Last time, we asked about VMworld and conferences. Just two replies:
@adumbrow on VMworld:
The thing that caught me was the focus on devops and cloud native applications. When a conference that has been traditionally all about infrastructure starts focusing on developers and the like, it is probably time to sit up and take notice. We all need to keep learning so we can ensure we don’t become obsolete, this should be a wake up call for anyone in IT.
@vcdx001 on USENiX conferences:
The USENIX Association, which I’ve been a member of since 1988 and which I’m currently Vice President, mixes academia and industry in conference types and in attendees.
The upcoming Large Installation System Administration conference in D.C. has been going for decades and continues to foster great technical presentations and tutorials without heavy vendor focus. Next year I will be co-chair for the event in Boston. I did a write up in one issue of the vmware engineering magazine.
They also run Hot Cloud, a conference that runs parallel to Hot Storage, where research and practice come together and attendees learn about latest developments in research and industry.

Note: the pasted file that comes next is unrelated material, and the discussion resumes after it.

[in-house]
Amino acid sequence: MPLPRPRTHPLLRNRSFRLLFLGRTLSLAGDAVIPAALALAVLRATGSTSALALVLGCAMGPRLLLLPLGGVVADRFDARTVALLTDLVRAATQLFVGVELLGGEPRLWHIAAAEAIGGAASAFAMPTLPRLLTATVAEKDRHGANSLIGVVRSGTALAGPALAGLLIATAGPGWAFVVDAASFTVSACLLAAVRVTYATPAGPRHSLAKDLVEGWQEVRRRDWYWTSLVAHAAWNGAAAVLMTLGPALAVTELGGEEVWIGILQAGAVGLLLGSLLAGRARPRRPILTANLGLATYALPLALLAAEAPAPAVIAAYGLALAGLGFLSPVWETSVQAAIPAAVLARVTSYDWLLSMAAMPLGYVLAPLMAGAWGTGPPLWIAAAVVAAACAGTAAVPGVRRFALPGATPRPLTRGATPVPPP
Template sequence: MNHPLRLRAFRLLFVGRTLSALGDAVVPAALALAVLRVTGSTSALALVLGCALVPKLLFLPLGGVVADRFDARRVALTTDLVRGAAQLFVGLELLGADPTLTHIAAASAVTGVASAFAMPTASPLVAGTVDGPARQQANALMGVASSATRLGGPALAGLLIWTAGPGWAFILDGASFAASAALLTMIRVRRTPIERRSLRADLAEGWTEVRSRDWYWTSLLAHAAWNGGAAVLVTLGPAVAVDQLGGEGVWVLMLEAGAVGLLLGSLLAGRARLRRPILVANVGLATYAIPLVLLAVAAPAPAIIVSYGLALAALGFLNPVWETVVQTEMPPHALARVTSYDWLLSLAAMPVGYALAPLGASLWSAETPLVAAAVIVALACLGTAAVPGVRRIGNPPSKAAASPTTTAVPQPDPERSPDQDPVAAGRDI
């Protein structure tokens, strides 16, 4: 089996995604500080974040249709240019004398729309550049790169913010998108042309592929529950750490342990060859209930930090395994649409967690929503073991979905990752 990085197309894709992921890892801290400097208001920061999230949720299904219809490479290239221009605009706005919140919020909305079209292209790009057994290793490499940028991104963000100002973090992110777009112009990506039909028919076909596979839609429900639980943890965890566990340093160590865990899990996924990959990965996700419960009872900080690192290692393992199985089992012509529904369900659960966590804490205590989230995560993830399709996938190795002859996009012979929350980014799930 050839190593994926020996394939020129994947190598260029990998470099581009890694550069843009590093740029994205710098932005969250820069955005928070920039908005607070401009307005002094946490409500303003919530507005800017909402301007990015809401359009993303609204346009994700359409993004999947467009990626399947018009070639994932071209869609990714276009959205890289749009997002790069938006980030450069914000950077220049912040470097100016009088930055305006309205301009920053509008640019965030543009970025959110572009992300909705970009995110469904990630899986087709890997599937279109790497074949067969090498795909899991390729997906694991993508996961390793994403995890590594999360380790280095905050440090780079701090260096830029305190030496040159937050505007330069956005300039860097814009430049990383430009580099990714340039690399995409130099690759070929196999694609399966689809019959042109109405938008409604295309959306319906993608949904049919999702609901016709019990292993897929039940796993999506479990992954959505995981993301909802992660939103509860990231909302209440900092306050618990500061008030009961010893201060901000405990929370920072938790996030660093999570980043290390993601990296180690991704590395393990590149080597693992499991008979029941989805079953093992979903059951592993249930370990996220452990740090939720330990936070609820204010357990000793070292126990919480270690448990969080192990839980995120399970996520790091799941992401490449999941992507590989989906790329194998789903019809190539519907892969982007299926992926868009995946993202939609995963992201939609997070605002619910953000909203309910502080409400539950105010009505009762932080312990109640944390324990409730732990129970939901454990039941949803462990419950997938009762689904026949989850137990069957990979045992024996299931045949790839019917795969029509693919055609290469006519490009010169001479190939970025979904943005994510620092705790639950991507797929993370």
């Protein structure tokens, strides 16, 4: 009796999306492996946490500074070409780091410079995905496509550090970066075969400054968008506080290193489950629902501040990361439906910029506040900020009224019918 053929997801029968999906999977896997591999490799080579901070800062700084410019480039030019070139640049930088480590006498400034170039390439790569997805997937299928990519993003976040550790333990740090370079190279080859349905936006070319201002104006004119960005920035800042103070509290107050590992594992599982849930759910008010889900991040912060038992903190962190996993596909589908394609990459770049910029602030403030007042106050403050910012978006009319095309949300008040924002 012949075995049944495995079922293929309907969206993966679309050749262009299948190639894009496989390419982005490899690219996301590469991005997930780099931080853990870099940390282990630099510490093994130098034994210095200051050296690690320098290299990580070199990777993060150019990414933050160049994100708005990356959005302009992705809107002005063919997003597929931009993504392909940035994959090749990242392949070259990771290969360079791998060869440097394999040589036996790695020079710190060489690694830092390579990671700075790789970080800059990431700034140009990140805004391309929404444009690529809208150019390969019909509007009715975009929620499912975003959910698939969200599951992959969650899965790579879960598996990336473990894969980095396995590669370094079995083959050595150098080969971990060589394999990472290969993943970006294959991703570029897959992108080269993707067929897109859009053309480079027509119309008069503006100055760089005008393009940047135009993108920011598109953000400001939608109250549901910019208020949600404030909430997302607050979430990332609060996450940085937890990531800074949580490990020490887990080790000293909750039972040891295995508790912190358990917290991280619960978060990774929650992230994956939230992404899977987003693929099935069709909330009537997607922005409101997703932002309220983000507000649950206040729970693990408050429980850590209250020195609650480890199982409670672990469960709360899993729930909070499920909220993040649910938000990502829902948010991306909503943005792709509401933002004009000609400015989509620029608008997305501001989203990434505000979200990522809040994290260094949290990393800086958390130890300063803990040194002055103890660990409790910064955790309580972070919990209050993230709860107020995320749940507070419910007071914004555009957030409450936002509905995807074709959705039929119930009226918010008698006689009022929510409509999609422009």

There are two other conferences of value.
The first of these will hold its third and fourth sessions with sponsorship by Google. This is SREcon and focuses on site reliability engineering, a newer industry term for those focused not just on IT but also development of solutions for sure reliability.
The second is a brand new conference titled Enigma, that like the USENIX Security Symposium (3rd largest in the world), is focused on security and emerging threats.
Just Hit Reply
This week your homework is on the site, but if you want to, Invent one headline that you’d like to see on the TechReckoning site (or any tech news site) in the coming year. Real, funny, or parallel universe. As always, just hit reply or send it to me.
The TechReckoning Dispatch. Archive. Subscribe. Email me. Orangutan photo by zonfoto. Thanks so much! Happy Halloween! Delayed because of a sticky N key and f’ing autocorrect. “That wee-bit heap o’ leaves an’ stibble / Has cost thee monie a weary nibble! / Now thou’s turn’d out, for a’ thy trouble, / But house or hald, / To thole the Winter’s sleety dribble, / An’ cranreuch could! // But Mousie, thou art no thy-lane, / In proving foresight may be vain: / The best laid schemes o’ Mice an’ Men / Gang aft agley, / An’ lea’e us nought but grief an’ pain, / For promis’d joy! // Still, thou art blest, compar’d wi’ me! / The present only toucheth thee: / But Och! I backward cast my e’e, / On prospects drear! / An’ forward tho’ I canna see, / I guess an’ fear!”